Tokyo (CNN) – A power company apologized Saturday and said the exposure of three workers at the Fukushima Daiichi power plant to highly radioactive water might have been avoided with better communication.
The Thursday incident has spurred questions about the source of the radioactive contamination in water, its potential to taint seawater nearby, and the prospect it might be evidence of a leak in at least one of the facility’s six reactor cores.
It also prompted further criticism of the Tokyo Electric Power Co., which runs the plant, and how well it’s safeguarding the nearly 500 individuals working to prevent more emission of potentially cancerous radioactive materials about two weeks after a 9.0-magnitude earthquake and subsequent tsunami rocked the facility.
Thursday wasn’t the first time high radiation was detected in pooled water at the plant, said Hideyuki Koyama, the company’s associate director.
He said tests of water found in the basement of the No. 1 reactor’s turbine building on March 18 showed high levels of radiation. But that fact – and the general sense that water accumulating in turbine and other buildings at the plant might be dangerously radioactive – did not appear to resonate six days later.
On that date, three workers laying electrical cable stepped in tainted water, exposing themselves to high levels of radiation, including two with direct exposure on their skin.
Such incidents threatened to undermine the public’s trust in Tokyo Electric, Japanese Chief Cabinet Secretary Yukio Edano told reporters.
He added the Japanese government “would like to give stronger instructions” to the company that it should fully disclose as much information as possible about conditions at the plant.
“Every piece of information must be provided accurately and swiftly” to Japan’s nuclear and industrial safety agency, Edano said. “Without this communication, it’s very difficult for the government to (establish) proper safety measures.”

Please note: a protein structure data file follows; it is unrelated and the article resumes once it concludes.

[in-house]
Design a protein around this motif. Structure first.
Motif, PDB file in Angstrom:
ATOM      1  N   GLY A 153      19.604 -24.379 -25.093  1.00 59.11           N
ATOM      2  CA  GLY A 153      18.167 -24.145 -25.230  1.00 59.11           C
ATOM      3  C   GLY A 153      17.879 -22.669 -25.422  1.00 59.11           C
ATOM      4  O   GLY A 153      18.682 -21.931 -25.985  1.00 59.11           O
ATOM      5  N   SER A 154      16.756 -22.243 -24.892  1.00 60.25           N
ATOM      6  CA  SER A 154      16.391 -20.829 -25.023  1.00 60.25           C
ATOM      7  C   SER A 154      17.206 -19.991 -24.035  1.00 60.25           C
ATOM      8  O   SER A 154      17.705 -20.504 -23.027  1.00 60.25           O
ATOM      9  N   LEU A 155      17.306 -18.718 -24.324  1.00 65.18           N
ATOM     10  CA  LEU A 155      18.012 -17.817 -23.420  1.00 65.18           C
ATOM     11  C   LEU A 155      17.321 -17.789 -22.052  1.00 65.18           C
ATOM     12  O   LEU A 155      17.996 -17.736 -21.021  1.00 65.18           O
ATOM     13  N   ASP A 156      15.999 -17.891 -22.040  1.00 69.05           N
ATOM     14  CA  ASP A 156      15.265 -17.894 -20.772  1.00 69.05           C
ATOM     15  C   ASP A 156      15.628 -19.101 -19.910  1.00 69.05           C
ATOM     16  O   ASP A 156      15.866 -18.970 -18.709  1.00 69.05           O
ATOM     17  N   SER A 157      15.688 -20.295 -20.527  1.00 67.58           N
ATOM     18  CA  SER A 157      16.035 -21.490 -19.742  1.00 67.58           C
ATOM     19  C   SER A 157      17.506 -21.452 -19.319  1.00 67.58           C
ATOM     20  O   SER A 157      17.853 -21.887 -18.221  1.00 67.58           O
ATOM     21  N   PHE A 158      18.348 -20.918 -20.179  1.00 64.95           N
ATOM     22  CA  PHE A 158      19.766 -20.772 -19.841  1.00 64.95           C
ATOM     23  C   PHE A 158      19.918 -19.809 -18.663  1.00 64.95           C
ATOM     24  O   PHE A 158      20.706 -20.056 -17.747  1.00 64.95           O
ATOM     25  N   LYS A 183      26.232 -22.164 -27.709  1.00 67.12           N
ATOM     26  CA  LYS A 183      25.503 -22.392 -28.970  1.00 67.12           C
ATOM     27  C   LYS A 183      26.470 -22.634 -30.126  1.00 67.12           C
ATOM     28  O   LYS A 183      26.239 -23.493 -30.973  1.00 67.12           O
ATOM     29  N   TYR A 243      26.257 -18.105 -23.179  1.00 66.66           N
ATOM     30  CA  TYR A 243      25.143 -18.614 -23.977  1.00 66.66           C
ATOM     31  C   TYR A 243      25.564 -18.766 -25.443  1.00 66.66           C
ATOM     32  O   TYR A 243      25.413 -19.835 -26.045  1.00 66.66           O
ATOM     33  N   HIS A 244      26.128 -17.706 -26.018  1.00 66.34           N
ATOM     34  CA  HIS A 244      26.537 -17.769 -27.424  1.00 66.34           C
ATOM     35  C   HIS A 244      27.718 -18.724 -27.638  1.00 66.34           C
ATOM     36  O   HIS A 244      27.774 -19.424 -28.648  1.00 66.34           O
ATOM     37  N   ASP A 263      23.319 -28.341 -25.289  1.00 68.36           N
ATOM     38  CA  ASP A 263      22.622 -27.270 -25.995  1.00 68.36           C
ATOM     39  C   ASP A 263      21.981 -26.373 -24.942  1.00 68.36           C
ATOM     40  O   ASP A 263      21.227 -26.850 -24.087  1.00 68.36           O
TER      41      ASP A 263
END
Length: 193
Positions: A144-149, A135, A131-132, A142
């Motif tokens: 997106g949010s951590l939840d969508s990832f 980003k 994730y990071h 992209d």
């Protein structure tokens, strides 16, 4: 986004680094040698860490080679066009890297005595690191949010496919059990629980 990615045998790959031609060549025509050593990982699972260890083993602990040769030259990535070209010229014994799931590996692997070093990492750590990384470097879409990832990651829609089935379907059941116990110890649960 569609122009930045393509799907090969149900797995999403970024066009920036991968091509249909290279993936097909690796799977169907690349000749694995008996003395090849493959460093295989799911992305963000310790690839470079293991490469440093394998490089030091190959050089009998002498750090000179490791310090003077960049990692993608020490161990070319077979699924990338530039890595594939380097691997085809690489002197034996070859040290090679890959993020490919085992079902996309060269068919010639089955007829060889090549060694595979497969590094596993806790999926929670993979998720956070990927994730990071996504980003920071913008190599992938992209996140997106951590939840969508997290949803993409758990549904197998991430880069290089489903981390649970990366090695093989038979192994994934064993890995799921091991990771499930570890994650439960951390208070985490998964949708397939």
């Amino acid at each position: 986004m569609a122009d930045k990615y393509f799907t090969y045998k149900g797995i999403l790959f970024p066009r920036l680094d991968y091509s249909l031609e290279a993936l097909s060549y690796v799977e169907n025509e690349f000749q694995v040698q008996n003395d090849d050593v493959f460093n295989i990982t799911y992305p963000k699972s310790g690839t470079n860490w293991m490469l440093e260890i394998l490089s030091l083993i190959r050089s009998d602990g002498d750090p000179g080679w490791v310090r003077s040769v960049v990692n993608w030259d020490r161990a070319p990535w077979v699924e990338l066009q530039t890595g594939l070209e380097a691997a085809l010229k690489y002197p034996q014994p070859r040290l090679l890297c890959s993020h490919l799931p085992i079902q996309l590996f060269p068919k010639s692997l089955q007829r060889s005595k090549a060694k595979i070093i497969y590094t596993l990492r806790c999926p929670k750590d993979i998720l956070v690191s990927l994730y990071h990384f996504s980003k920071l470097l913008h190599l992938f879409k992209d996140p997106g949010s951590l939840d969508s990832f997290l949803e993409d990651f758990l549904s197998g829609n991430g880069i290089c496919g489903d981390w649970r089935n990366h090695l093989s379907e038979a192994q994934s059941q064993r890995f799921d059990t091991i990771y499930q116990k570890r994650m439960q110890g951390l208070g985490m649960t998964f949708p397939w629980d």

As important, the chief secretary said, was the need for Tokyo Electric to be upfront with the Japanese– of whom get power from the company, and millions more have been effected by radioactive emissions stemming from the crisis.
“We need to be sure that (Tokyo Electric) isn’t going to act in a way that will create distrust,” Edano said.
Koyama told reporters that radiation alarms went off while the three men were working, but they continued with their mission for between 40 and 50 minutes after assuming it was a false alarm.
Later, they were hospitalized after it was determined they’d been exposed to between 173 and 181 millisieverts of radiation – two of them with direct exposure on their skin.
By comparison, a person in an industrialized country is naturally exposed to 3 millisieverts per year, though Japan’s health ministry has said that those working directly to avert the nuclear crisis could be exposed to as much as 250 millisieverts before they must leave the site.
Hours before the apology, a Tokyo Electric official told reporters that water samples from the turbine buildings for the Nos. 1 and 2 reactors also had high levels of radiation, though not as high as in the basement of the No. 3 building.
Later Saturday, Tokyo Electric amended its assessment of the level of radiation in water in the No. 1 building, saying it was not nearly as dangerous as first reported. The water radiation levels were 60 millisieverts per hour (compared to 200, as had been stated earlier), while atmospheric radiation was 25 millisieverts per hour.